The holiday season is a time conducive to the spread of viruses. There are many ways to protect against them.
The holidays... and viruses!
The holiday season is synonymous with merriment, not only for humans, but for germs as well! The large number of get-togethers make it very easy for these unwelcome guests to crash the party without a formal invitation! They take advantage of close contact such as hugs, kisses, and handshakes to spread from one person to the next. The result: an infection that wasn't on your gift list!
When your health isn't up to par during the holidays, you don't feel much like celebrating. You're also less excited by the prospect of a new year filled with possibilities. Fortunately, there are ways to avoid getting sick during this crucial time.
Celebrations during a pandemic
If you have symptoms of COVID-19, it is best to stay home to avoid spreading the virus to others, especially if you have tested positive on a rapid test. If neither you nor anyone close to you has symptoms of COVID-19, you can probably take part in a gathering, but it is imperative that you follow all public health recommendations if there are any (restricting the number of people, frequency of gatherings, physical distancing rules, wearing a mask, etc.).
It is the application of all recommended measures that will prevent outbreaks. These measures may change over time, so make sure you are well informed when the time comes. If you are the host, you can also inform your guests of the measures you want to see followed. If you are a visitor, ask your host to tell you about their wishes regarding infection control.
That said, COVID-19 is not the only viral infection to watch out for during the holidays. Here are some other examples of viruses that are common during the holiday season.
The holiday "classics"
Some types of infections are almost an integral part of the holiday tradition. These include the common cold, the flu, RSV infection, gastroenteritis and cold sores.
The common cold is a relatively mild respiratory infection, affecting mostly the nose and throat. It can cause nasal congestion, sneezing, coughing, sore throat, fever, etc. and usually lasts 10 to 14 days.
The flu is a more serious infection and a greater health threat. It is caused by a virus called influenza. Symptoms include high fever, general malaise, aches and pains, severe cough, severe fatigue, etc. There are many reported cases of the flu at the beginning of the year, after the holidays.
The respiratory syncytial virus (RSV) is a highly contagious microbe that can easily spread during the holiday celebrations. Infection with this virus can go unnoticed or cause cold-like symptoms. In babies, young children and other vulnerable people, the infection can be more severe and cause respiratory distress, which may require hospitalization.
Gastroenteritis is an infection of the digestive tract that causes inflammation of the stomach and intestines, followed by symptoms of nausea, vomiting, stomach ache, diarrhea, abdominal cramps, etc. It is most often caused by a virus, but not always.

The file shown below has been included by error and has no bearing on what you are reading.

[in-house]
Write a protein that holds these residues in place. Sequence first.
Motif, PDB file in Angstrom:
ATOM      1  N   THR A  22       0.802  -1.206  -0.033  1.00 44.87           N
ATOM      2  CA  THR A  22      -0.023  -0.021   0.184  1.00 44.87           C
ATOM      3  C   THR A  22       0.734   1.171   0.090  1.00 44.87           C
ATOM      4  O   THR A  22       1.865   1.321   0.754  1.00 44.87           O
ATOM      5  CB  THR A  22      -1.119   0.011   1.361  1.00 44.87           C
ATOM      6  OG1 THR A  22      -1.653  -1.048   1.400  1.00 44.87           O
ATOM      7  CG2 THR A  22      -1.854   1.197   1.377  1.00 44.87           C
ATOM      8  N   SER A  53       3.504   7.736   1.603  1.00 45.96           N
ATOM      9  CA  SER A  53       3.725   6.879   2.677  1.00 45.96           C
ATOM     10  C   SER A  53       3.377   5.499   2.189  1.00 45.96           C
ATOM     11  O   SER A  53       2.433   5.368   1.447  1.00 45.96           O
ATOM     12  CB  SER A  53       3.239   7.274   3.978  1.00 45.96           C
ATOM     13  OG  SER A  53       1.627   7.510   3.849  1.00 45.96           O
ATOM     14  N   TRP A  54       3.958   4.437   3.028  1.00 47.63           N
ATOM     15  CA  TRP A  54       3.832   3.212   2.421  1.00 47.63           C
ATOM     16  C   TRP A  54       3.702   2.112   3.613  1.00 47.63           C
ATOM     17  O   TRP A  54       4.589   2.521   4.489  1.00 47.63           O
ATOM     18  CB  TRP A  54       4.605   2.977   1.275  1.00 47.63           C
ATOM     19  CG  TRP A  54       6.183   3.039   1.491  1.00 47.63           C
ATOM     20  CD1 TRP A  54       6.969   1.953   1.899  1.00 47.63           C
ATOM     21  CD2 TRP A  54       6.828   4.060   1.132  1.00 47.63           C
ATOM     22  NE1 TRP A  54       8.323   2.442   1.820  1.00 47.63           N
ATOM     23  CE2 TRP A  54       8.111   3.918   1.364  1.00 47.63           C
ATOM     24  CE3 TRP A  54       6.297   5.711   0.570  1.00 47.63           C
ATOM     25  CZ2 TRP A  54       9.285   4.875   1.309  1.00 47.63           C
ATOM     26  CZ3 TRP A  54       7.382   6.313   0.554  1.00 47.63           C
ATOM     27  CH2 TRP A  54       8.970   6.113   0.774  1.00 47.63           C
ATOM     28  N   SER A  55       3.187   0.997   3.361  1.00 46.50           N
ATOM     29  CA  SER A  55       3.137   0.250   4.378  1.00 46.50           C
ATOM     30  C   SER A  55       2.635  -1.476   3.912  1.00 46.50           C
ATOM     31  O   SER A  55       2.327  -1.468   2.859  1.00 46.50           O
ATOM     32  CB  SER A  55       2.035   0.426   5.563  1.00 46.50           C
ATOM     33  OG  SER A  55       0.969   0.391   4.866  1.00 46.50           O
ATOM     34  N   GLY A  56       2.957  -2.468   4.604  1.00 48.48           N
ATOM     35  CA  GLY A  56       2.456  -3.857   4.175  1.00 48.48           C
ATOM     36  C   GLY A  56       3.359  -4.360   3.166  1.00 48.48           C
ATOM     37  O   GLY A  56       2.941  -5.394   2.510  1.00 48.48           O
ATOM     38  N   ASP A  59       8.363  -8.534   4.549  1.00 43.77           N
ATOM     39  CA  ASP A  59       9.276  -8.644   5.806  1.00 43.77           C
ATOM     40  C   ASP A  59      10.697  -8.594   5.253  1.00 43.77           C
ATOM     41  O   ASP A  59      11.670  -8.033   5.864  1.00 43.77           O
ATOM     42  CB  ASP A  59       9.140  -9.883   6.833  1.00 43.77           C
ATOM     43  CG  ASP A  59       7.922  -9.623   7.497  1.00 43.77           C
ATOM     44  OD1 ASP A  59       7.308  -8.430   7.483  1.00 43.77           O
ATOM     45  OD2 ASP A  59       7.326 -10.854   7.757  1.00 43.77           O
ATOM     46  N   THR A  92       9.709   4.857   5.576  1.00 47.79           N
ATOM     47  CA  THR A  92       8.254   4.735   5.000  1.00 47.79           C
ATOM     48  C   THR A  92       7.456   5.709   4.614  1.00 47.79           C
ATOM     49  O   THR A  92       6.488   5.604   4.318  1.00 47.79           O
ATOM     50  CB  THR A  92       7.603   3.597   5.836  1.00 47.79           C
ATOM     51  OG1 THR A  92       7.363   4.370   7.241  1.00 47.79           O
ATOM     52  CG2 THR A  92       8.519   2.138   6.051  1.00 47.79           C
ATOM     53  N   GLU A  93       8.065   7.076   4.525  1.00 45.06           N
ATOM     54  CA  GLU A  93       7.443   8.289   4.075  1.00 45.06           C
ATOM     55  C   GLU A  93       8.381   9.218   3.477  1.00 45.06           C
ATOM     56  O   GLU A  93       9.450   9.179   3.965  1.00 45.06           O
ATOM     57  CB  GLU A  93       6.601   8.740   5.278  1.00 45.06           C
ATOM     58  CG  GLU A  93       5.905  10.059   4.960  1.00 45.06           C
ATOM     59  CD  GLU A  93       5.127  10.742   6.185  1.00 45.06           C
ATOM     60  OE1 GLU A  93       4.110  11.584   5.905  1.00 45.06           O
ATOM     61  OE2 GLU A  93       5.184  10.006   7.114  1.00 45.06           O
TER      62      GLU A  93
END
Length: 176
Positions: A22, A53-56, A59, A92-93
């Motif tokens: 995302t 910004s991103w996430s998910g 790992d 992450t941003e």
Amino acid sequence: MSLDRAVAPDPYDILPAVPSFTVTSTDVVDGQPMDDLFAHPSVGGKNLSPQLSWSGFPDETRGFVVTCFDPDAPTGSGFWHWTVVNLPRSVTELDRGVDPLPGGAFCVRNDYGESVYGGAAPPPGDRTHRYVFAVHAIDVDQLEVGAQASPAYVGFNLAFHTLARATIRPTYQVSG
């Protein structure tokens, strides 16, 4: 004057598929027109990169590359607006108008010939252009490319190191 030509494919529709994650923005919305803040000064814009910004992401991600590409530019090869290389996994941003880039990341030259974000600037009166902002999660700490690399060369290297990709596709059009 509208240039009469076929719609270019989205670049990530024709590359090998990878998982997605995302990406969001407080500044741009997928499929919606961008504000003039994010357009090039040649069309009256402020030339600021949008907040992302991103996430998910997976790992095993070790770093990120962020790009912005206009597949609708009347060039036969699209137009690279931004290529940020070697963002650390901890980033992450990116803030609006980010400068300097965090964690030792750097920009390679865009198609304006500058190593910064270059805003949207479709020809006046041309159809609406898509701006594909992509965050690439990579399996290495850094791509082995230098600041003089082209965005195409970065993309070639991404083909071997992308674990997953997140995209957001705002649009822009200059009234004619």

Herpes labialis, which sometimes manifests itself by the onset of what is commonly called “cold sores”, is often spread during the holiday season. It is a permanent infection caused by the herpes simplex virus.
Here are some tips to help prevent the spread of viruses and infections during the holidays and into the new year:
- Consider staying home if you are sick or think you may be infected with a virus. It is better to stay home and rest than to go to a party and risk spreading the virus that ails you.
- Wash your hands often at gatherings. Properly washing your hands with soap and water for at least 20 seconds is the most basic step in preventing viral infections.
- Keep your hand sanitizer handy. Disinfecting your hands with antiseptic gel is a complementary measure to handwashing. Make sure you have a small bottle with you, especially at gatherings!
- Avoid close, physical contact with infected people. Handshakes and kisses are excellent vectors for viruses. Warm greetings are a source of joy during the holidays, but they are also a source of contamination!
- Maintain a minimum one-meter distance with other guests, including people who do not appear ill.
- Avoid sharing items with other people. Avoid using glasses, dishes or utensils that have been used by someone else, especially if they appear to have a virus. Viruses can also spread through objects that you do not put in your mouth: toys, doorknobs, and smartphones, etc. For instance, it is important to know that the cold virus can survive up to seven days on dry, inanimate surfaces.
- Make it a habit to cough or sneeze in the crook of your arm. The droplets expelled into the air when you cough or sneeze can be inhaled by others or contaminate objects.
- Get a flu shot. If you haven't already received the flu shot, don't wait! Unfortunately, there is no vaccine that protects against the cold virus.
- Make sure you're up to date with your COVID-19 vaccine as well.
- Set aside some time to rest. Stress and fatigue don't help your immune system defend itself against infections. Get a good night's sleep.
- Quit smoking. Smoking affects your airways, immune system and overall health. This increases your risk of infections. If you are a smoker, put quitting smoking at the top of your list of New Year’s resolutions!
Speak to your pharmacist for additional information on infection control.